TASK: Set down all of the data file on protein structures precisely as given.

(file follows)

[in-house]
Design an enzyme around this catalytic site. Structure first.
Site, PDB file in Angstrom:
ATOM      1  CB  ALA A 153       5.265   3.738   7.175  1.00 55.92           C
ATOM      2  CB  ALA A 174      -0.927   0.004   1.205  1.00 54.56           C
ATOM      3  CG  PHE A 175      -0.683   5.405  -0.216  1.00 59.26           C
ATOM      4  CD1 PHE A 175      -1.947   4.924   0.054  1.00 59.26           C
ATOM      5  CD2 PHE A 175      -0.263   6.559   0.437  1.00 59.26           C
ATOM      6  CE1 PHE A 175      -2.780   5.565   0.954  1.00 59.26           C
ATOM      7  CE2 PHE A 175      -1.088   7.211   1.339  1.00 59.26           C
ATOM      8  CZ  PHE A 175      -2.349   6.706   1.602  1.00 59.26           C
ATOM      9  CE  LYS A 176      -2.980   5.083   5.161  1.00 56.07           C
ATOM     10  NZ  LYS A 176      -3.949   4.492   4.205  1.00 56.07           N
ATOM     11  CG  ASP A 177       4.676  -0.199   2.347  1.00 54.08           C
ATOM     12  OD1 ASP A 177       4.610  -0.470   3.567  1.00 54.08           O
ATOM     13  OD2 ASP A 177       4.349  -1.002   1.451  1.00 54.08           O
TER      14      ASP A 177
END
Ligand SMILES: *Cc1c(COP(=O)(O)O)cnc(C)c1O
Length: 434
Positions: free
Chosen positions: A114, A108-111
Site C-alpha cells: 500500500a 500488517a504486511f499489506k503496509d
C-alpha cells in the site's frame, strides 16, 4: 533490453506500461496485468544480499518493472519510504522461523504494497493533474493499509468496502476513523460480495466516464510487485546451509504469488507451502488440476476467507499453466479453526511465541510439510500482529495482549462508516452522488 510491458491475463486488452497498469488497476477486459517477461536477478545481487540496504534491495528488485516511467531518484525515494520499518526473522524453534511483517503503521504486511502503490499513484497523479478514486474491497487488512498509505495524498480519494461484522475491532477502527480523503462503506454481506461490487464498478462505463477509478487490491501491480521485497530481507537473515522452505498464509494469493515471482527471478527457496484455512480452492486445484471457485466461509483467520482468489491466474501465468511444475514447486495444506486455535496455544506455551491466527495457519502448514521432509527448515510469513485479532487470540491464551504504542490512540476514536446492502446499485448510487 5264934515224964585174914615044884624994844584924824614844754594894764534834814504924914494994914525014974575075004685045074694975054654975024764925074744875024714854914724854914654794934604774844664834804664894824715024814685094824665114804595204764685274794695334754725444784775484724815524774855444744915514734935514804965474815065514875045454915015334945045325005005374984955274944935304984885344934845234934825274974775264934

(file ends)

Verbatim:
[in-house]
Design an enzyme around this catalytic site. Structure first.
Site, PDB file in Angstrom:
ATOM      1  CB  ALA A 153       5.265   3.738   7.175  1.00 55.92           C
ATOM      2  CB  ALA A 174      -0.927   0.004   1.205  1.00 54.56           C
ATOM      3  CG  PHE A 175      -0.683   5.405  -0.216  1.00 59.26           C
ATOM      4  CD1 PHE A 175      -1.947   4.924   0.054  1.00 59.26           C
ATOM      5  CD2 PHE A 175      -0.263   6.559   0.437  1.00 59.26           C
ATOM      6  CE1 PHE A 175      -2.780   5.565   0.954  1.00 59.26           C
ATOM      7  CE2 PHE A 175      -1.088   7.211   1.339  1.00 59.26           C
ATOM      8  CZ  PHE A 175      -2.349   6.706   1.602  1.00 59.26           C
ATOM      9  CE  LYS A 176      -2.980   5.083   5.161  1.00 56.07           C
ATOM     10  NZ  LYS A 176      -3.949   4.492   4.205  1.00 56.07           N
ATOM     11  CG  ASP A 177       4.676  -0.199   2.347  1.00 54.08           C
ATOM     12  OD1 ASP A 177       4.610  -0.470   3.567  1.00 54.08           O
ATOM     13  OD2 ASP A 177       4.349  -1.002   1.451  1.00 54.08           O
TER      14      ASP A 177
END
Ligand SMILES: *Cc1c(COP(=O)(O)O)cnc(C)c1O
Length: 434
Positions: free
Chosen positions: A114, A108-111
Site C-alpha cells: 500500500a 500488517a504486511f499489506k503496509d
C-alpha cells in the site's frame, strides 16, 4: 533490453506500461496485468544480499518493472519510504522461523504494497493533474493499509468496502476513523460480495466516464510487485546451509504469488507451502488440476476467507499453466479453526511465541510439510500482529495482549462508516452522488 510491458491475463486488452497498469488497476477486459517477461536477478545481487540496504534491495528488485516511467531518484525515494520499518526473522524453534511483517503503521504486511502503490499513484497523479478514486474491497487488512498509505495524498480519494461484522475491532477502527480523503462503506454481506461490487464498478462505463477509478487490491501491480521485497530481507537473515522452505498464509494469493515471482527471478527457496484455512480452492486445484471457485466461509483467520482468489491466474501465468511444475514447486495444506486455535496455544506455551491466527495457519502448514521432509527448515510469513485479532487470540491464551504504542490512540476514536446492502446499485448510487 5264934515224964585174914615044884624994844584924824614844754594894764534834814504924914494994914525014974575075004685045074694975054654975024764925074744875024714854914724854914654794934604774844664834804664894824715024814685094824665114804595204764685274794695334754725444784775484724815524774855444744915514734935514804965474815065514875045454915015334945045325005005374984955274944935304984885344934845234934825274974775264934